Most organizations, especially big ones, have written policies that sound like censored versions of the no asshole rule. Many reinforce the message by posting it widely (usually with a list of other “core values”) and teach it during employee orientation sessions. Senior managers routinely talk about the virtues of mutual respect or words to that effect. Some leaders and organizations even use the uncensored version of the rule. Only a few organizations talk about the rule as a centerpiece of their culture.
Organizations that are serious about enforcing the no asshole rule apply it to customers, clients, students, and everyone else encountered on the job, not just to employees. They apply the rule to everyone because their people don’t deserve the abuse, customers (or taxpayers) aren’t paying good money to endure or witness demeaning jerks, and if persistent nastiness from any group is left unchecked, it creates a culture of contempt that infects everyone it touches.
Ten Steps to Enforcing the No Asshole Rule
- Say the rule, write it down, and act on it.
But if you can’t or won’t follow the rule, it is better to say nothing at all—avoiding a false claim is the lesser of two evils. You don’t want to be known as a hypocrite and the leader of an organization that is filled with assholes.
- Assholes will hire other assholes.
Keep your resident jerks out of the hiring process, or if you can’t, involve as many “civilized” people in interviews and decisions to offset this predilection of people to hire “jerks like me.”
- Get rid of assholes fast.
Organizations usually wait too long to get rid of certified and incorrigible assholes, and once they do, the reaction is usually, “Why did we wait so long to do that?”
- Treat certified assholes as incompetent employees.
Even if people do other things extraordinary well but persistently demean others, they ought to be treated as incompetent.
- Power breeds nastiness.
Beware that giving people—even seemingly nice and sensitive people—even a little power can turn them into big jerks.
- Embrace the power-performance paradox.
Accept that your organization does have and should have a pecking order, but do everything you can to downplay and reduce unnecessary status differences among members. The result will be fewer assholes and, according to the best studies, better performance, too.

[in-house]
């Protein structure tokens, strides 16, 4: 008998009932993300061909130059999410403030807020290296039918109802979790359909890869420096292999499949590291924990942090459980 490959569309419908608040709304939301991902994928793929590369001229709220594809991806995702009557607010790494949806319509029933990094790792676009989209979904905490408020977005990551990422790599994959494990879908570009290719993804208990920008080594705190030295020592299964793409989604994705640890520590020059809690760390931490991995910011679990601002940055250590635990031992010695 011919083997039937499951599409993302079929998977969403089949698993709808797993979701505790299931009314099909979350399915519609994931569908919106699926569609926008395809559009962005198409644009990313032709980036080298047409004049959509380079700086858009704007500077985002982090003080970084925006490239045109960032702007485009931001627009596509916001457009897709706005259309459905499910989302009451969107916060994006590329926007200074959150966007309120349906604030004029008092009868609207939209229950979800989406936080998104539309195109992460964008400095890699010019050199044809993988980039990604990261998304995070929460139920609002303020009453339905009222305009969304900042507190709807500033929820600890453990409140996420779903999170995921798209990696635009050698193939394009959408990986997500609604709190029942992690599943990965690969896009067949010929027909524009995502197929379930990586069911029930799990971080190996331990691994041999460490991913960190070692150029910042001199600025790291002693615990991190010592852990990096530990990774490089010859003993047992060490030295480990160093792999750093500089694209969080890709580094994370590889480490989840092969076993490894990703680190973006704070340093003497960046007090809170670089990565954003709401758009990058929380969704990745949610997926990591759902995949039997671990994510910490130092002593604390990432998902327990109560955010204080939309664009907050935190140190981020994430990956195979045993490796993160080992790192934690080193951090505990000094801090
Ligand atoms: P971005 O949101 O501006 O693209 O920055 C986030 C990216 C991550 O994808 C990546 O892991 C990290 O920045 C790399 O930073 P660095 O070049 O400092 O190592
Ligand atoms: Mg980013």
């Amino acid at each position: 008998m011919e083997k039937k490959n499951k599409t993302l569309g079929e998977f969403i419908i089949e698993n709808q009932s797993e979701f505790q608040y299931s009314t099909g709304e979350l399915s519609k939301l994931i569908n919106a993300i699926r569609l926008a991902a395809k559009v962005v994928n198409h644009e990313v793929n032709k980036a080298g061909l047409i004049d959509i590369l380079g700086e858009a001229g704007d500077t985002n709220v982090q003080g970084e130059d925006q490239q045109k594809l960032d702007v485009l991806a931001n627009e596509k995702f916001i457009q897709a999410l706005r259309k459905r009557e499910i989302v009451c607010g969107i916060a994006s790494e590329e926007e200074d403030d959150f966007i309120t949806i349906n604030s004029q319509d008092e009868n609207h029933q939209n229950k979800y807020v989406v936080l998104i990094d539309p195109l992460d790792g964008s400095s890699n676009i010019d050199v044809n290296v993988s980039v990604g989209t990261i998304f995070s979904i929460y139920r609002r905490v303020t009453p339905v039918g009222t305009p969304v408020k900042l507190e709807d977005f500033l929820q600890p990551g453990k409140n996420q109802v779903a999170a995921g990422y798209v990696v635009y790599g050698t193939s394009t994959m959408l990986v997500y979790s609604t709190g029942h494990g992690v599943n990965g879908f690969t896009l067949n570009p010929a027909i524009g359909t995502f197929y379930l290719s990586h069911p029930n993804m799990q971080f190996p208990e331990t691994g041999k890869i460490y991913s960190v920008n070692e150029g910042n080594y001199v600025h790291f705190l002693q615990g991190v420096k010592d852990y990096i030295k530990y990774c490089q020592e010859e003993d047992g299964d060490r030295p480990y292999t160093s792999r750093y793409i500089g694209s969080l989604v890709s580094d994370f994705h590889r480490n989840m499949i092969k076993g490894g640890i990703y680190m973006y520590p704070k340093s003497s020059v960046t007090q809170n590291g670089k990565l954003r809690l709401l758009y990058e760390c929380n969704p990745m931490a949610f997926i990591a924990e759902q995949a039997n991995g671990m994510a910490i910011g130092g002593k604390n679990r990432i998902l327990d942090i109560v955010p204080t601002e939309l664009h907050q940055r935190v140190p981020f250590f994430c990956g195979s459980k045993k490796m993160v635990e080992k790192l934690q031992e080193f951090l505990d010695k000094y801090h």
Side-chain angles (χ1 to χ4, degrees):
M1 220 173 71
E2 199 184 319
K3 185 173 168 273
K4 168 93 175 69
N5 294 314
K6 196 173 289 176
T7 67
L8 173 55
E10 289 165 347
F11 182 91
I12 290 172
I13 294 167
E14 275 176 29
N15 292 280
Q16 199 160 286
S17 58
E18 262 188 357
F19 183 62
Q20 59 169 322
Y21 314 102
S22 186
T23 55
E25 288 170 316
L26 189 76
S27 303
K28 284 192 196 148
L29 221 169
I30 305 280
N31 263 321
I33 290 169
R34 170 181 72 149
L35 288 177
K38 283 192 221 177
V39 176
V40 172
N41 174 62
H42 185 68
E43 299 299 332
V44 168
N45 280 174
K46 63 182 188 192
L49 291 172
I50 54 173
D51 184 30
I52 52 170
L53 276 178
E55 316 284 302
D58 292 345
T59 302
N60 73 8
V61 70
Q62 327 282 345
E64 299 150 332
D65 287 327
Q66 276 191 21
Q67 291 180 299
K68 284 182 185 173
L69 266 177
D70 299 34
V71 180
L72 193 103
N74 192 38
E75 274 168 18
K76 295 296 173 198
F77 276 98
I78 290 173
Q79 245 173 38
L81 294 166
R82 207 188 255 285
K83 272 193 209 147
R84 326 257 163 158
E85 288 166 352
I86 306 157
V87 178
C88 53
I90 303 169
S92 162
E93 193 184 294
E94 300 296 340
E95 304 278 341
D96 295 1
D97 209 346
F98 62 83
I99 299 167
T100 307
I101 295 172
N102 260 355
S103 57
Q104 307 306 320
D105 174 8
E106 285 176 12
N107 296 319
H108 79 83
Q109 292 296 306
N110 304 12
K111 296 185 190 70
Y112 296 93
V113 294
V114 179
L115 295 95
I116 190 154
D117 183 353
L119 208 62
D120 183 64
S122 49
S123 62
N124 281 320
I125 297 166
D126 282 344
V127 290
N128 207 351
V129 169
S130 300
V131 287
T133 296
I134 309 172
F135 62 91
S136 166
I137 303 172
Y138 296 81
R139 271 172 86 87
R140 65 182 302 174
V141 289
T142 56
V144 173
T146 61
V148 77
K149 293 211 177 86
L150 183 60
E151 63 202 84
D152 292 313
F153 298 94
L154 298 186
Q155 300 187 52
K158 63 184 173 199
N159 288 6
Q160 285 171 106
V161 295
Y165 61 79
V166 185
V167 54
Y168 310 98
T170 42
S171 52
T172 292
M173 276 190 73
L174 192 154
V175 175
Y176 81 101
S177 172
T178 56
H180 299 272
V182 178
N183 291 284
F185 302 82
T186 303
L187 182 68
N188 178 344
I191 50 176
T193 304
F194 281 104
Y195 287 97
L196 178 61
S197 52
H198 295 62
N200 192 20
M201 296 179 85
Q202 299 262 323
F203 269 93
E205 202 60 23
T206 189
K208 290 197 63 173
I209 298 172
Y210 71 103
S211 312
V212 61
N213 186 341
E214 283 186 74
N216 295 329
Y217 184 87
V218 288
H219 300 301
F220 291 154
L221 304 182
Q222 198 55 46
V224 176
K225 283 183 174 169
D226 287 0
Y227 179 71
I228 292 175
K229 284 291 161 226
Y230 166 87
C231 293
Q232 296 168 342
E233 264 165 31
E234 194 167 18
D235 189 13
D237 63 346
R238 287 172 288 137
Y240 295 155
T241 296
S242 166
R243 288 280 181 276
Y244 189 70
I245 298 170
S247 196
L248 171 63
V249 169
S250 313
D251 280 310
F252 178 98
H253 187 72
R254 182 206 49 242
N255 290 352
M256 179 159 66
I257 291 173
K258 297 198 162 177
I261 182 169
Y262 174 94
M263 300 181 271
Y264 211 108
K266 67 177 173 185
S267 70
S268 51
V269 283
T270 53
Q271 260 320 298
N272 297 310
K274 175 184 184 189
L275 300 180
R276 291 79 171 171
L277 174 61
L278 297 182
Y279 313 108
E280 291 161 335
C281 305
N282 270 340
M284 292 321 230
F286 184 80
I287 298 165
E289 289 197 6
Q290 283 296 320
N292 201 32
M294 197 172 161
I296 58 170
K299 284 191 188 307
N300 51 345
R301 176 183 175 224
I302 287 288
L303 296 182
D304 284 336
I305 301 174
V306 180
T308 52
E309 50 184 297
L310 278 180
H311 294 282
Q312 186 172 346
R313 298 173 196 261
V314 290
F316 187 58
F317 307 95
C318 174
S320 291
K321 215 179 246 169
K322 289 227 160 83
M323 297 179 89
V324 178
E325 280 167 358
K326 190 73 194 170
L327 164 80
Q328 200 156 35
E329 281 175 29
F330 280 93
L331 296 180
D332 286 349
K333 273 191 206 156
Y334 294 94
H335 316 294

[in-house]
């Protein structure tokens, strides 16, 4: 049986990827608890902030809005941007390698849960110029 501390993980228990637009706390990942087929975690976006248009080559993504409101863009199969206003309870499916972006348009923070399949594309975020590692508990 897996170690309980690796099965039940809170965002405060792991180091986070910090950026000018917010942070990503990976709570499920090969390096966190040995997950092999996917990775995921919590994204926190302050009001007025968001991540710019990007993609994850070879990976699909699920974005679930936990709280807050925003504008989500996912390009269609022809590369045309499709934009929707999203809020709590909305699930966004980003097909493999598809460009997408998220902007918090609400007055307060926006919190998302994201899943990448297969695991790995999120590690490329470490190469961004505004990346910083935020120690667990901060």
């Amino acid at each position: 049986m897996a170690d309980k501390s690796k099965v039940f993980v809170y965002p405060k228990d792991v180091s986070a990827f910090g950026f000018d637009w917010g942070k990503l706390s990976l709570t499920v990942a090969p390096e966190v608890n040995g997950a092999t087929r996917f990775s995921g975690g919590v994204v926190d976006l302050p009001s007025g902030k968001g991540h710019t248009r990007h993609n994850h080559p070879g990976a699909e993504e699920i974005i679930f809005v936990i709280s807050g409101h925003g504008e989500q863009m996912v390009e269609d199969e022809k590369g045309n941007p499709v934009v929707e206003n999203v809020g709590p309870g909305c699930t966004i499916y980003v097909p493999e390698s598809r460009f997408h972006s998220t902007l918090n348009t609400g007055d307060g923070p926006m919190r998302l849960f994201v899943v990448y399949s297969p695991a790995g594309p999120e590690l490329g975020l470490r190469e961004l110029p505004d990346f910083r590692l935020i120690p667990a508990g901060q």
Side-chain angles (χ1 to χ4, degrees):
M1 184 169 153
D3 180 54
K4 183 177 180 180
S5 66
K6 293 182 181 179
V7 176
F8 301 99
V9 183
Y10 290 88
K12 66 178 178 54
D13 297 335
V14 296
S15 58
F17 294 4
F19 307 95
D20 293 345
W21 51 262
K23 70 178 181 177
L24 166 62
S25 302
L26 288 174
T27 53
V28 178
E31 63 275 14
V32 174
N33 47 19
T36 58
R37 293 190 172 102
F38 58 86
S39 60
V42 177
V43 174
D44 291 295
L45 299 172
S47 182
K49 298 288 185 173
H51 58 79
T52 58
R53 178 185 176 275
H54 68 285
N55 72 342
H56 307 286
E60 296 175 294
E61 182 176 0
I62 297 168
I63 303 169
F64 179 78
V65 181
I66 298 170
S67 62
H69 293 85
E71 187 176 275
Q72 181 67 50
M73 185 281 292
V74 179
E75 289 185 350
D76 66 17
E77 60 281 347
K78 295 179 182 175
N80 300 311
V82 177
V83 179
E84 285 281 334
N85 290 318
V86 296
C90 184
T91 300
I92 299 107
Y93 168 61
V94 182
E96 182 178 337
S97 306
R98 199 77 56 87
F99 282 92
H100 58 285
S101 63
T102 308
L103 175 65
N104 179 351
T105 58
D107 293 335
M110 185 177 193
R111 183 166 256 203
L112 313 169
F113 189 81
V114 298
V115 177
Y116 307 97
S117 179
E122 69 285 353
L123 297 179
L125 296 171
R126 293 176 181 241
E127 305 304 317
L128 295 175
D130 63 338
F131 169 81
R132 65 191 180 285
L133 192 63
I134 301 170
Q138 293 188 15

- Manage moments—not just practices, policies, and systems.
Effective asshole management means focusing on and changing the little things that you and your people do—and big changes will follow. Reflect on what you do, watch how others respond to you and to one another, and work on “tweaking” what happens as you are interacting with the person in front of you right now.
- Model and teach constructive confrontation.
Develop a culture where people know when to argue and when to stop fighting and, instead, gather more evidence, listen to other people, or stop whining and implement a decision (even if they still disagree with it). When the time is ripe to battle over ideas, follow Karl Weick’s advice: fight as if you are right; listen as if you are wrong.
- Adopt the one asshole rule.
Because people follow rules and norms better when there are rare or occasional examples of bad behavior, no asshole rules might be most closely followed in organizations that permit one or two token jerks to hang around. These “reverse role models” remind everyone else of the wrong behavior.
- The bottom line: link big policies to small decencies.
Effective asshole management happens when there is a virtuous, self-reinforcing cycle between the “big” things that organizations do and the little things that happen when people talk to one another and work together.
Assholes Are Us
Think about the times when you were the guy at the counter, when you were the asshole in the story.
If you want to build an asshole-free environment, you’ve got to start by looking in the mirror. When have you been an asshole? When have you caught and spread this contagious disease? What can you do, or what have you done, to keep your inner asshole from firing away at others?
The most powerful single step you can take is to follow “da Vinci’s rule” and just stay away from nasty people and places. This means you must defy the temptation to work with a swarm of assholes, regardless of a job’s other perks and charms. It also means that if you make this mistake, get out as fast as you can.
Remember admitting we’re an asshole is the first step.